- AUTONOMY: The urge to direct our own lives
- MASTERY: The desire to get better and better at something that matters
- PURPOSE: The yearning to do what we do in the service of something larger than ourselves
Dan expands on the concept of Autonomy.and introduces examples of three levels of application of this type of motivation. “Fedex Days” where staff have to deliver outcomes overnight then “The 20 Percent time” … done famously at Google. Finally the “Results Only Work Environment or ROWE” where he compares the motivation and implementation for two models of encyclopedia i.e. Encarta and Wikipedia.
Please watch this video and think about how you build curriculum, how to facilitate your courses and how to motivate tomorrows students to become all they can be as leaders that make a difference. Could this model of motivation change the way we build curriculum and teach courses – I believe used as part of the Padagogy Wheel it will go a long way in the hands of passionate teachers. Please post your comments and suggestions for new apps.
I knew I was onto something useful when I first put the Padagogy Wheel together in July 2012. It was always designed to be a starting point to be developed further. It was originally meant to be an aid for my face-to-face PADAGOGY seminars which are mentioned in my post “The Padagogy Wheel … it’s a Bloomin’ Better way to Teach“. I have introduced over 600 university faculty staff to iPads in Learning and Teaching in about 20 universities in five countries in the last 3 years … I have talked a lot about iPads and can speak with some authority when I say that many teachers start at the wrong end of the process and try to work out how to use the features of the latest cool app and then think out what pedagogies will fit it. The motivation for the Padagogy Wheel was “How do we show teachers that the pedagogy should drive the technology and not the other way around? I am thrilled that in the first three weeks of May 2013 the Wheel poster was downloaded 6500 times and this blog is averaging 1000 visits a day at the time of publishing this post.
So why the need for Version 2.0? What are the changes, and is it worth downloading again? I will share some of my thinking and the “ah ahas”
We need to have transformation at the core of what we do: If it is all about the students, where do you start with curriculum and/or teaching design – surely it is with what do you want your graduates to look like? i.e. what sort of capabilities and attributes should they have at the completion of your program or course. In the podcast episode “If you exercise these capabilities.. you will be employed!” Prof Geoff Scott of UWS lists 15 graduate capabilities research has shown are requested by business. These are all about transformational teaching and learning and one of the major “ah ahas” for me is that these capabilities are for the most part not targeted by our courses and programs in universities and colleges. Ask yourself the question “How many of these 15 capabilities I could confidently say are embedded in or even just touched on by the learning outcomes in my course”? To help teachers graduate attributes and capabilities are now at the core of the Padagogy Wheel V2.0 … The hope is teachers will reflect on these often when building curriculum and actually teaching and work out how they can build activities to help students excel as graduates in their chosen professions.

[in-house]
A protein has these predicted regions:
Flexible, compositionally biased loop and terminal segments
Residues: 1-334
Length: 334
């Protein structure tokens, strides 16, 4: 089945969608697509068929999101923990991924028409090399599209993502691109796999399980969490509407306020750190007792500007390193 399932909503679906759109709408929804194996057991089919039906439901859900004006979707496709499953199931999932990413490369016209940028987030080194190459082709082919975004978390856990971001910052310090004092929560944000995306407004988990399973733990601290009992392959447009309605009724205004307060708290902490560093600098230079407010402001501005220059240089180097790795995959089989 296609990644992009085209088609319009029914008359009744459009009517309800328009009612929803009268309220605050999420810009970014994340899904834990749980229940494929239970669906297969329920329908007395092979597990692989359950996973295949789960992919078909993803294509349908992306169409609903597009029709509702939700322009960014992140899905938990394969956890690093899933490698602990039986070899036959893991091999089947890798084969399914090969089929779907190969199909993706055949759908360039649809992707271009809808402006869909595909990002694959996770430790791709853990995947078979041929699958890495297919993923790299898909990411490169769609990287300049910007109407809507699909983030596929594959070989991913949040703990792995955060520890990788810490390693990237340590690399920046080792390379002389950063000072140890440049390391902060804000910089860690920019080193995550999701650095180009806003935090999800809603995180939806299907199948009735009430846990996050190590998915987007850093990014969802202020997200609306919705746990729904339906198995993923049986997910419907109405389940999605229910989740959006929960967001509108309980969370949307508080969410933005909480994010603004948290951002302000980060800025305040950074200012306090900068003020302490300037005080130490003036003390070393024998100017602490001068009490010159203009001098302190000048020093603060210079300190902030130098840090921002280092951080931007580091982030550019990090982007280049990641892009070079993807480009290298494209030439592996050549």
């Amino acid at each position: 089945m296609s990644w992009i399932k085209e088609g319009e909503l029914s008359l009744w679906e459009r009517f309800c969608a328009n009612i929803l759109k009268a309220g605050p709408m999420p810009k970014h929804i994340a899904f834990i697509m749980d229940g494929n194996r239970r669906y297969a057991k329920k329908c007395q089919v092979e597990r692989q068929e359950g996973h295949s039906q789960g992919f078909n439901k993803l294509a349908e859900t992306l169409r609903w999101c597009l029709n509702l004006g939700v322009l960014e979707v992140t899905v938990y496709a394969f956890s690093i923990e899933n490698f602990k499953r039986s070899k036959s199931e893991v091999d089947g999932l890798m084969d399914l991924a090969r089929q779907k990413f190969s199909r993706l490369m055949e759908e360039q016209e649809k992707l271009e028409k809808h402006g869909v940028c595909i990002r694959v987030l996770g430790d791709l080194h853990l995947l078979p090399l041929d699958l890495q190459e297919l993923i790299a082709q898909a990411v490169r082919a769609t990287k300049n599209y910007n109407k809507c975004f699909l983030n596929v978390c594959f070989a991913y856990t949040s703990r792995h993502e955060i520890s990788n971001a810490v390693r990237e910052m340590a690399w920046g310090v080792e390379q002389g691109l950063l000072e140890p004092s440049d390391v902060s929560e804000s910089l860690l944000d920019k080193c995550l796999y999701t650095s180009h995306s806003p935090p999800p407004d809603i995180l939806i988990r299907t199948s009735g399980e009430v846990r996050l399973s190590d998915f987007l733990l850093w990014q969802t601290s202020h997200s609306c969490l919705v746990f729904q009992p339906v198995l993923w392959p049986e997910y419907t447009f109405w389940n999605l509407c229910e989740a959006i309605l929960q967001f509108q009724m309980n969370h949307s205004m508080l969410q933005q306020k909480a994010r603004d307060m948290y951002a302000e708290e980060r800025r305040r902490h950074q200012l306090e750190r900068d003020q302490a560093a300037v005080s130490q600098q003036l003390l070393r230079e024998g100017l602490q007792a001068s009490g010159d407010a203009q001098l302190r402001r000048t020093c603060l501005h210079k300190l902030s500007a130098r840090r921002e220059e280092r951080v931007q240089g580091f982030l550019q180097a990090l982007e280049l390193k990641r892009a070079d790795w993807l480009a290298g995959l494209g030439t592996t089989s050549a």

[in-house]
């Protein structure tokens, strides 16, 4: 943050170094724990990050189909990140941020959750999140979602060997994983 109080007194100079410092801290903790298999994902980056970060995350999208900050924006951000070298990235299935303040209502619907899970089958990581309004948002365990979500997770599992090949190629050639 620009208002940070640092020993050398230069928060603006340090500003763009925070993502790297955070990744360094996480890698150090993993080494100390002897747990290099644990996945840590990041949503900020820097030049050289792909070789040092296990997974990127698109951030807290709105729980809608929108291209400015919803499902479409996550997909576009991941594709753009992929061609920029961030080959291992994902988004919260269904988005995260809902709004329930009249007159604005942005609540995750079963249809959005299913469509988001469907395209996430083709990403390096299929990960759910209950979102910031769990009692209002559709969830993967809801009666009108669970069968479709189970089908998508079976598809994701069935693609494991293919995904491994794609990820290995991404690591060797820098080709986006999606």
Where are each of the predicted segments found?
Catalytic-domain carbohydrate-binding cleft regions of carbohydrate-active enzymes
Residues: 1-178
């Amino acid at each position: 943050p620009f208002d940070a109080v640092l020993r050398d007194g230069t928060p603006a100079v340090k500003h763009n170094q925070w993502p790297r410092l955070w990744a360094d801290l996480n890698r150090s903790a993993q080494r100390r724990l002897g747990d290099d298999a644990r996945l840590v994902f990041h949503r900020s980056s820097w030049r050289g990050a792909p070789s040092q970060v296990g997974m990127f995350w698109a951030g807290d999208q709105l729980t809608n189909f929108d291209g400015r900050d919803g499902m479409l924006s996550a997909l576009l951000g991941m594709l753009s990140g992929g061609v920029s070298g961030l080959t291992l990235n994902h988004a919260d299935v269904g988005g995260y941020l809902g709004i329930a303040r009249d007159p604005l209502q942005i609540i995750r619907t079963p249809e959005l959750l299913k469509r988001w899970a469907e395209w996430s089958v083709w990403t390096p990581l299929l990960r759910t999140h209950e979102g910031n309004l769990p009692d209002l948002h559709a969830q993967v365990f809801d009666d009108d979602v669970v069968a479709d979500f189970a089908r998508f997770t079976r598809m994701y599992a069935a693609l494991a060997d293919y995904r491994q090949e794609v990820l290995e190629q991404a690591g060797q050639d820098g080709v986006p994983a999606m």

Technology integration into the fabric of learning and teaching: is where we should be heading with all we do as teachers. We need to ask ourselves are we using the technology to its best advantage to empower students to be all they can be or do we just use it because everyone’s doing it. How to best think about integrating technology and maximising its impact was really stretched when I met Dr P. as we call him in the Apple Distinguished Educator Community. Dr Ruben Puentedura developed the SAMR Model, which is of great help when designing activities to support learning outcomes. Consider it a grid to filter your choices made with help of the wheel. Think about how you can design activities to not just use technology as substitution but to incorporate redefinition as much as possible. Much has been written about this model and incorporating it as a filter on the outside of the Padagogy Wheel V2.0 will I think help teachers come up with some innovative outcomes and activities that improve student engagement.
Finally, can you help with V3.0?: There’s more we can do with this concept. Mobile learning and the use of tablets are fuelling a heap of new and useful apps to help learning and teaching. How do we keep the wheel up-to-date? Of course apps can also sit in more than one cognitive domain and I encourage teachers to think outside the box when choosing apps for activities. Not just adding and/or replacing new apps but there is the strength of combining two or more apps into learning sequences or activity flows and the outcomes learnt from using them this way. e.g. If I combine App A. with App B. and have students complete these activities using both these apps, do we get increased student engagement and much stronger learning outcomes? If we do, then does this help transform the learners? Also how do we gather and share lesson plan exemplars and the best practice creative use of App sequences to achieve higher order thinking from the learners? Wouldn’t these activity sequences be helpful to many teachers in the form of templates?